Friday, September 14, 2007

Commercial Compromises

by Michael Strenski

I sat here this morning watching the new Volvo commercial featuring a reworked version of "The Wheels on the Bus" written and performed by Mr Stephin Merritt, a huge hero of mine. At first blush I was absolutely appalled. How could a man of such genius sink so low? But soon I found myself thinking "you know this isn't half bad. The production sounds good, there is that trademark Merritt ukulele, I have good childhood memories of the song and the revamped lyrics, though about a sports-utility vehicle, are witty and playful. It's also way less offensive than the dog food commercial that used 'I Need A New Heart' in it..." I watched the video twice and then went about my day. But as time wore on, a little voice in my head starting nagging me. Was I really into the song or was I just making excuses because I think almost everything Stephin Merritt touches is gold?




A short ponder later and I realized that the voice in my head was my 16-year-old self fighting back. Ten years ago, if a hero of mine (let's say Odelay-era Beck or Sonic Youth) had done the same I would have been infinitely crushed and would probably never have been able to engage with their work the same way again. I always prided myself on my stubborn, bullheaded, punk rock morals when it came to selling out, and for most intents and purposes I believe I still adhere to those ideas today. I still hold people like Ian MacKaye in the highest regard when it comes to ethics. But then I started to think about all of the commercials many of my favorite artists have been involved in in recent years and all of the ways that I had explained it away in my head.

The band I most clearly associate with commercials is DEVO. One of my biggest influences in terms of intelligence, aesthetics and twisted visions, DEVO has been selling out since the '80's.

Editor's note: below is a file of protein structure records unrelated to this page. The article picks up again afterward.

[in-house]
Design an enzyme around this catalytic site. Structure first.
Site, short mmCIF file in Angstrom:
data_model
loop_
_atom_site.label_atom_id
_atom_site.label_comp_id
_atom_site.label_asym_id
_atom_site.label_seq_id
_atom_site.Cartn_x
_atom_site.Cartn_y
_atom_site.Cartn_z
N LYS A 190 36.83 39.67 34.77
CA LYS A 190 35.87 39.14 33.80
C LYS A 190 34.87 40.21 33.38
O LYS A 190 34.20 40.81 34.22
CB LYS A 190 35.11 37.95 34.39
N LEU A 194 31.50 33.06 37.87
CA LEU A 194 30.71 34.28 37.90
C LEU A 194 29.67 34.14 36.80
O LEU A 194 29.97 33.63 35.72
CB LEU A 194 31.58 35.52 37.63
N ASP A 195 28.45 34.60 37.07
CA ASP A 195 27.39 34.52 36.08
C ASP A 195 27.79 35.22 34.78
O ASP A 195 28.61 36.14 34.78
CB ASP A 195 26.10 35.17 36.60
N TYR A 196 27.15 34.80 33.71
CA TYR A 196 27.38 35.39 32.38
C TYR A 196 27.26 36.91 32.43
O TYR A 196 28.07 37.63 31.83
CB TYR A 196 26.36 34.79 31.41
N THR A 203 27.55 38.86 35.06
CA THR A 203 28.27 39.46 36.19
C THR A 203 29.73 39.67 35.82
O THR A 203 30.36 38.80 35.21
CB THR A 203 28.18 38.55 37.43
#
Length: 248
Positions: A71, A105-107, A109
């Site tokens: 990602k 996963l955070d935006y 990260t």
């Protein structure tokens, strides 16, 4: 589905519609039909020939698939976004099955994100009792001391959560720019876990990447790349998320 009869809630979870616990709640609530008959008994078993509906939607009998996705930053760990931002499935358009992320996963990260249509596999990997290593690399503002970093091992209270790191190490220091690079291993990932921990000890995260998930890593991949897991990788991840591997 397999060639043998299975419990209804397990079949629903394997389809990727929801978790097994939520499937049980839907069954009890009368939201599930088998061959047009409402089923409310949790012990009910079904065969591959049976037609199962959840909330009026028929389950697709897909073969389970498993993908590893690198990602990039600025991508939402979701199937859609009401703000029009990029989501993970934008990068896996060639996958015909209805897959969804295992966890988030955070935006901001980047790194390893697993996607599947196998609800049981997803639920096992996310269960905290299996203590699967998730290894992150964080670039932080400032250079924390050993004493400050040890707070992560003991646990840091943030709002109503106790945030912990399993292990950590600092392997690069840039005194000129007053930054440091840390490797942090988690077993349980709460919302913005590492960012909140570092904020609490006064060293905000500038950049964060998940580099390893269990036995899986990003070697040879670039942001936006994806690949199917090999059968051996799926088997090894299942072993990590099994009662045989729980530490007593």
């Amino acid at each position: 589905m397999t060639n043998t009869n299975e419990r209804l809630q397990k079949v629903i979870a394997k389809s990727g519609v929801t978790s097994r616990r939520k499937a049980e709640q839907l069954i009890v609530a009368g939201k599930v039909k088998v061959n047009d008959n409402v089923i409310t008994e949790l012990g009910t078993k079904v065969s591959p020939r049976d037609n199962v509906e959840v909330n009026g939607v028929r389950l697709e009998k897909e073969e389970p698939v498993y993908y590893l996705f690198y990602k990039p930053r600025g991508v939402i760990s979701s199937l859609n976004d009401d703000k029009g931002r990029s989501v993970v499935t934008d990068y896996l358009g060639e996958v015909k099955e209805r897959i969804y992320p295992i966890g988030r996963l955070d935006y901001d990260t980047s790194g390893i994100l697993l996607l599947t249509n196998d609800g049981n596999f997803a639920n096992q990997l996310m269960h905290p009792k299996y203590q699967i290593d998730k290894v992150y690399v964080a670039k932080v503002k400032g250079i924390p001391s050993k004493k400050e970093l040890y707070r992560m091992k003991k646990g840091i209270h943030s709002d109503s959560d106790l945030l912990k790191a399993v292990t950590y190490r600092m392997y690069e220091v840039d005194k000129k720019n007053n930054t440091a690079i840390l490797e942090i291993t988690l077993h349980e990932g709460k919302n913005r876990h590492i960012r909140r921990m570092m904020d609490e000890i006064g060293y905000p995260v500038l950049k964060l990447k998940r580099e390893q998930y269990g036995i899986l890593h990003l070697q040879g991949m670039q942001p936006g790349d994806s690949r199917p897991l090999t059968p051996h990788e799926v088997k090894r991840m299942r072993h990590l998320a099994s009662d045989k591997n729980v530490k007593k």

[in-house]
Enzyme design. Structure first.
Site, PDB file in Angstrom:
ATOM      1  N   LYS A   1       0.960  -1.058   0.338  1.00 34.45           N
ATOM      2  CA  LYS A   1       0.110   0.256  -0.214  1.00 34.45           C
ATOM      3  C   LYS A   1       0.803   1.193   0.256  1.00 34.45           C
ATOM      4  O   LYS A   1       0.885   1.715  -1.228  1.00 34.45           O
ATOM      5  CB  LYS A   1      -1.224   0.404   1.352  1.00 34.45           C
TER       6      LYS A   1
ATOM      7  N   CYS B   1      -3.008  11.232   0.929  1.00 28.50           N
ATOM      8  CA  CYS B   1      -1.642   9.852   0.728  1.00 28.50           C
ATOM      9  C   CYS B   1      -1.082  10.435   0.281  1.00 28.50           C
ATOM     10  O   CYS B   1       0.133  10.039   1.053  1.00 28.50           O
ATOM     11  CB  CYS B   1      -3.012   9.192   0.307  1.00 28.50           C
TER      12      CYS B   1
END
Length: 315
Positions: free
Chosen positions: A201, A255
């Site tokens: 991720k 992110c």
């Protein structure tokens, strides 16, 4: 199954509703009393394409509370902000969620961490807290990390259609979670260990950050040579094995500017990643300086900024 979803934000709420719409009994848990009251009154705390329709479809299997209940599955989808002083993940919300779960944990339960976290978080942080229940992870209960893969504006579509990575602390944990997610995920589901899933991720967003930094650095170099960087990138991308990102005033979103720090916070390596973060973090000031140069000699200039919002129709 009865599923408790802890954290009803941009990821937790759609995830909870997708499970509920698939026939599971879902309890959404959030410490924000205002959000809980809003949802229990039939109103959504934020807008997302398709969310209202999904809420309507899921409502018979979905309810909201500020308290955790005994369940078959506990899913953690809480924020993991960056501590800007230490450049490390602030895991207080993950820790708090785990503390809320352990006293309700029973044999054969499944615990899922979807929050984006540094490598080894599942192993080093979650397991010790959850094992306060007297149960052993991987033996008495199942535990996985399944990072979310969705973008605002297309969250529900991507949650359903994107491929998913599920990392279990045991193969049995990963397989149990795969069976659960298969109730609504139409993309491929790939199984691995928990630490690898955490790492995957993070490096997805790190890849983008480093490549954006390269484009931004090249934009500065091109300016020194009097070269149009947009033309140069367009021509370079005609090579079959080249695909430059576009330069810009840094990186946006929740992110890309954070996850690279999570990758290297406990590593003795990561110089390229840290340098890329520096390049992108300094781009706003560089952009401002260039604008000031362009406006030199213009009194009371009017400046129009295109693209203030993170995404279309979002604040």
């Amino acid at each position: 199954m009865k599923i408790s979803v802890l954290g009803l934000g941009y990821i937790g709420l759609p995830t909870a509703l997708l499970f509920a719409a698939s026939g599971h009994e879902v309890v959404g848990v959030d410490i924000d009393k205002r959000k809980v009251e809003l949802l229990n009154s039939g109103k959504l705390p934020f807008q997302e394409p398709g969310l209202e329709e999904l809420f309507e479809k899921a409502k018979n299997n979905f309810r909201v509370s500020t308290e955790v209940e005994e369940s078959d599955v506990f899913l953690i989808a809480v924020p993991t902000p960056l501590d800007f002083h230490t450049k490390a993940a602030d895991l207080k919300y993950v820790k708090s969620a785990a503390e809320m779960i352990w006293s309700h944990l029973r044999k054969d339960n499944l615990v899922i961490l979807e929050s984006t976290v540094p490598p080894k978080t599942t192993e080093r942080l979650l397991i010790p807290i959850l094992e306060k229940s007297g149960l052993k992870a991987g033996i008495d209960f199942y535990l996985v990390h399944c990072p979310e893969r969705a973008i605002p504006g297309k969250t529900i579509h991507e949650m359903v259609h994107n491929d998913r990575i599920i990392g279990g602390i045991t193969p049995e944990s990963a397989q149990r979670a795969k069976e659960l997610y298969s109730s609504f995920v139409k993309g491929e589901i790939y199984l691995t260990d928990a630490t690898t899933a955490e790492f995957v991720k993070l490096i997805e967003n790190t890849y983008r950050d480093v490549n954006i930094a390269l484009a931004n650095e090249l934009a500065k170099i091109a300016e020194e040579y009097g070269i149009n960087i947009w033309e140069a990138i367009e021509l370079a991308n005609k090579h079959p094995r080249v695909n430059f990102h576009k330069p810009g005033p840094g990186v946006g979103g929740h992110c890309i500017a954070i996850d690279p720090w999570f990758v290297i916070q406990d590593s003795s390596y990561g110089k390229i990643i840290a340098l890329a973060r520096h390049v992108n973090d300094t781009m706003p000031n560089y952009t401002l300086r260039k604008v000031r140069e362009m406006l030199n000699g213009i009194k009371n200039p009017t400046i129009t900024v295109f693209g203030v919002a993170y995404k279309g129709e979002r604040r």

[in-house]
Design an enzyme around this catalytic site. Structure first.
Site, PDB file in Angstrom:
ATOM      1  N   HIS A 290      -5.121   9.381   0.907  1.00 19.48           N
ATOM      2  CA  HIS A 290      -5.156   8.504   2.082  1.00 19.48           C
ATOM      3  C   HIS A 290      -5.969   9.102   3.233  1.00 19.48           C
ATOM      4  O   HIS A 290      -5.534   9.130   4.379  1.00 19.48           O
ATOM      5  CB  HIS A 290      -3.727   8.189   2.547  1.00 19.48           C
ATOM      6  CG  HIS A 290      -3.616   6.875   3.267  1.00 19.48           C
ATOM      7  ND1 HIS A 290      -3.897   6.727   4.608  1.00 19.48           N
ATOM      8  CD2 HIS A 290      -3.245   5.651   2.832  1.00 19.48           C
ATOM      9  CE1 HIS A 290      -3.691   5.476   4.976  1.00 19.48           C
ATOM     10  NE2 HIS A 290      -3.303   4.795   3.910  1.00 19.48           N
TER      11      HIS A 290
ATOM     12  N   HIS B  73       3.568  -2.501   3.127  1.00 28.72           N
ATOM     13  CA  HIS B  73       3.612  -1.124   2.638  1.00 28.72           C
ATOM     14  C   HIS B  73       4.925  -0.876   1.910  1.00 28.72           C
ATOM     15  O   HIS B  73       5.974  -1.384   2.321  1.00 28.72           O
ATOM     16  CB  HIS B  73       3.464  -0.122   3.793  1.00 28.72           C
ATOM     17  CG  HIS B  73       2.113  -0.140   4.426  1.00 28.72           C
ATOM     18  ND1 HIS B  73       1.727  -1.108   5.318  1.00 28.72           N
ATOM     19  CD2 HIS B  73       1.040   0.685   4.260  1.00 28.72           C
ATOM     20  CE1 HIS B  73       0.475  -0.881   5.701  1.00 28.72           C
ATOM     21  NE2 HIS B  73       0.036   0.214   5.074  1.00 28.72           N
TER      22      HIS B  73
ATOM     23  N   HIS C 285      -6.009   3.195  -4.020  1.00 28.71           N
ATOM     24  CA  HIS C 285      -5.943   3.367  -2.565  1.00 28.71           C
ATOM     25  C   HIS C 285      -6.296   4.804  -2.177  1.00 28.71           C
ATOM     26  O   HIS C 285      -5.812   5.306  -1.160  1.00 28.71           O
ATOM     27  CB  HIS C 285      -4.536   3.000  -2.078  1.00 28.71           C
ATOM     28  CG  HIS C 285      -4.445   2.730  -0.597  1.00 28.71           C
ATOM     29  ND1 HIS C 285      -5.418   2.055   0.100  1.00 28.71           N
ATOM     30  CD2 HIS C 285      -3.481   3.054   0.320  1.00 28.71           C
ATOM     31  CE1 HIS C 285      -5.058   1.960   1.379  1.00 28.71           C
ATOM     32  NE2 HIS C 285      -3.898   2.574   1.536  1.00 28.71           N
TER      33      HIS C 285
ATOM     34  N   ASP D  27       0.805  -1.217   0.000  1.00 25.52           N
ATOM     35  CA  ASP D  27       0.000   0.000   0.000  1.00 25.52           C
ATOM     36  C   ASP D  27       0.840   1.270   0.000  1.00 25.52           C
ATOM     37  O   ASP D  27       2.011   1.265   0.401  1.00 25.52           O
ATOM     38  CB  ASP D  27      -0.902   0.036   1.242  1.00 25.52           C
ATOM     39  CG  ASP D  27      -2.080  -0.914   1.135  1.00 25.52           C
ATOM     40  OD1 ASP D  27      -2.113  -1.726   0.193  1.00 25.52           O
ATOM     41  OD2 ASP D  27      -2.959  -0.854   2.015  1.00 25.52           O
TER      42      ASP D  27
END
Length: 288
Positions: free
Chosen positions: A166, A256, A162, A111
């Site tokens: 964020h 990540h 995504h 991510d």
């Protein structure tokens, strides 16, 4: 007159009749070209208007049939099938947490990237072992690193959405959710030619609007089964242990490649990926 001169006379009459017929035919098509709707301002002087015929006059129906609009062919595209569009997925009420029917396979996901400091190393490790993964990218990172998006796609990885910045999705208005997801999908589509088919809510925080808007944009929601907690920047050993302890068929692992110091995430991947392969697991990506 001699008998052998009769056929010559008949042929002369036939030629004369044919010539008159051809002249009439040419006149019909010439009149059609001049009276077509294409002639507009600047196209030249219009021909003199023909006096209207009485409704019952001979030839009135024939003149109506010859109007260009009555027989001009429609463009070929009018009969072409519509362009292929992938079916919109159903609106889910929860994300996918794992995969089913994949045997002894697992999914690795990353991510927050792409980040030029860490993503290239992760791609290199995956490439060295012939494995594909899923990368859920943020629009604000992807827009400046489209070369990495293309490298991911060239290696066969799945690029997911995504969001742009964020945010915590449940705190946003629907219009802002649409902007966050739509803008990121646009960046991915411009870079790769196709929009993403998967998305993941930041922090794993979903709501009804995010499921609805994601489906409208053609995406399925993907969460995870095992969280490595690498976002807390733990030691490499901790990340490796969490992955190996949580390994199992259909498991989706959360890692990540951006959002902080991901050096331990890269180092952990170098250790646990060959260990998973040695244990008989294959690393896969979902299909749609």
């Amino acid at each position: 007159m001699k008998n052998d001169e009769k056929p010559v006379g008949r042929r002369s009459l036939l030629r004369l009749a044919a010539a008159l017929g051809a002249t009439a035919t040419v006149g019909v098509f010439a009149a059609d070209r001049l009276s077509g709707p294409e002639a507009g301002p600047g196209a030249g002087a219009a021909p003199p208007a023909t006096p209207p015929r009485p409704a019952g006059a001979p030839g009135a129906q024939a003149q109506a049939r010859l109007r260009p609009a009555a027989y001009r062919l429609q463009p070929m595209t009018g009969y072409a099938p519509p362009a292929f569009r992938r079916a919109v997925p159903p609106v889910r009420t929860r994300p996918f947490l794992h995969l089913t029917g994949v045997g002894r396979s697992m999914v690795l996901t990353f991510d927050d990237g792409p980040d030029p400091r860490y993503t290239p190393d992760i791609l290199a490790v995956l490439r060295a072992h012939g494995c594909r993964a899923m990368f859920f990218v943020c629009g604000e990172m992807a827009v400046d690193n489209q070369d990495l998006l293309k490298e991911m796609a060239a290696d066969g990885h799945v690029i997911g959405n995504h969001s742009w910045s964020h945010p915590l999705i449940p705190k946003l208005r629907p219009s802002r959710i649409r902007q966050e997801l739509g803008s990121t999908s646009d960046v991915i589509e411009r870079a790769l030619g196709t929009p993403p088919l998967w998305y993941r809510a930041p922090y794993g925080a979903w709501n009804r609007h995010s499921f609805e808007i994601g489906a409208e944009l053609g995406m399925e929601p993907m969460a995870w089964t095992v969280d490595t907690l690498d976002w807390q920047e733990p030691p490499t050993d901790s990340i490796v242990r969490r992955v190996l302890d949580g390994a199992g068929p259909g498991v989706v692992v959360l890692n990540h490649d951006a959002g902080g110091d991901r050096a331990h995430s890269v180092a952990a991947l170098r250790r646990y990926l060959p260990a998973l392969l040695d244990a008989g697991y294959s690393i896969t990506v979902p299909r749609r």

But of course I'd say to myself, that was the whole point of DEVO. The band always talked of being a subversive entity while bowing down to corporate coffers (Mark Mothersbaugh famously stated that when he was commissioned to write a jingle for Pepsi, he hid secret messages like "Sugar is bad for you" in them). DEVO always reveled in their selling out, just pointing to it as a sign of further De-evolution. They never pretended to have any sort of moral code. From Honda to laserdiscs to Dell adverts, DEVO always got a free pass in my book.



On the absolute other end of the spectrum was a man who stood for integrity from the outset of his career. But even Bob Dylan ended up using his face and song for product, famously appearing in a Victoria's Secret ad a few years ago.



Now this was different. This wasn't a post-punk art school band slyly winking to us through the gloss of corporate control. This was Dylan. And yet, I found myself excusing this too because I figured that Bob's given us so much by this point and hell, of all the ways to sell out he's in a panties ad! That's awesome! An interview was soon uncovered from the '60's when Bob was still being touted as the spokesman for his generation, where he flat-out said that if he were to use his likeness in a commercial venture it would be an underwear ad. He hadn't changed his tune at all! Okay, I said, no problem Bob.